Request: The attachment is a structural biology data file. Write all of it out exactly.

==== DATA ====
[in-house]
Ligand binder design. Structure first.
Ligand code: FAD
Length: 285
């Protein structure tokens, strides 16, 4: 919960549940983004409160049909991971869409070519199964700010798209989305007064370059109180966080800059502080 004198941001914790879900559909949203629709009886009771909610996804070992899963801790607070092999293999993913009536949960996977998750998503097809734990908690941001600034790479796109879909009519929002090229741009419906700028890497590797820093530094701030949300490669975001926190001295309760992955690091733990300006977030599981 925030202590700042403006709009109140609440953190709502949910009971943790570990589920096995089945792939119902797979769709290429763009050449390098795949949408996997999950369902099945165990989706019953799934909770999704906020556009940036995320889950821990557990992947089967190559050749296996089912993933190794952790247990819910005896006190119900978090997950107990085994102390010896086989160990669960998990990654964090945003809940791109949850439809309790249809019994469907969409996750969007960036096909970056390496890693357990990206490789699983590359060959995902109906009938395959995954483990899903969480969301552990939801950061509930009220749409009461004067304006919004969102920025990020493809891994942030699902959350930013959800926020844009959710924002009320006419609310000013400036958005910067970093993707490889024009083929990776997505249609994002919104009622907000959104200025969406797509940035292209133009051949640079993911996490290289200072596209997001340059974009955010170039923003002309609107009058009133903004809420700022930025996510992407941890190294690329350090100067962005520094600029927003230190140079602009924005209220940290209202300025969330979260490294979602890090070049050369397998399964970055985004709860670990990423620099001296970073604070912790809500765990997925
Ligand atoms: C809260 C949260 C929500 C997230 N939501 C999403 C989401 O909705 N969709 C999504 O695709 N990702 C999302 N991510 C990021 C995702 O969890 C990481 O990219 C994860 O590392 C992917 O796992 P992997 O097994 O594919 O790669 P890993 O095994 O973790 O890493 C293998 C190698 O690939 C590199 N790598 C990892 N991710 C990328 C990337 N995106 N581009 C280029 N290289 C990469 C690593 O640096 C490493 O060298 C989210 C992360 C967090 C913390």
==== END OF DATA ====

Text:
[in-house]
Ligand binder design. Structure first.
Ligand code: FAD
Length: 285
């Protein structure tokens, strides 16, 4: 919960549940983004409160049909991971869409070519199964700010798209989305007064370059109180966080800059502080 004198941001914790879900559909949203629709009886009771909610996804070992899963801790607070092999293999993913009536949960996977998750998503097809734990908690941001600034790479796109879909009519929002090229741009419906700028890497590797820093530094701030949300490669975001926190001295309760992955690091733990300006977030599981 925030202590700042403006709009109140609440953190709502949910009971943790570990589920096995089945792939119902797979769709290429763009050449390098795949949408996997999950369902099945165990989706019953799934909770999704906020556009940036995320889950821990557990992947089967190559050749296996089912993933190794952790247990819910005896006190119900978090997950107990085994102390010896086989160990669960998990990654964090945003809940791109949850439809309790249809019994469907969409996750969007960036096909970056390496890693357990990206490789699983590359060959995902109906009938395959995954483990899903969480969301552990939801950061509930009220749409009461004067304006919004969102920025990020493809891994942030699902959350930013959800926020844009959710924002009320006419609310000013400036958005910067970093993707490889024009083929990776997505249609994002919104009622907000959104200025969406797509940035292209133009051949640079993911996490290289200072596209997001340059974009955010170039923003002309609107009058009133903004809420700022930025996510992407941890190294690329350090100067962005520094600029927003230190140079602009924005209220940290209202300025969330979260490294979602890090070049050369397998399964970055985004709860670990990423620099001296970073604070912790809500765990997925
Ligand atoms: C809260 C949260 C929500 C997230 N939501 C999403 C989401 O909705 N969709 C999504 O695709 N990702 C999302 N991510 C990021 C995702 O969890 C990481 O990219 C994860 O590392 C992917 O796992 P992997 O097994 O594919 O790669 P890993 O095994 O973790 O890493 C293998 C190698 O690939 C590199 N790598 C990892 N991710 C990328 C990337 N995106 N581009 C280029 N290289 C990469 C690593 O640096 C490493 O060298 C989210 C992360 C967090 C913390």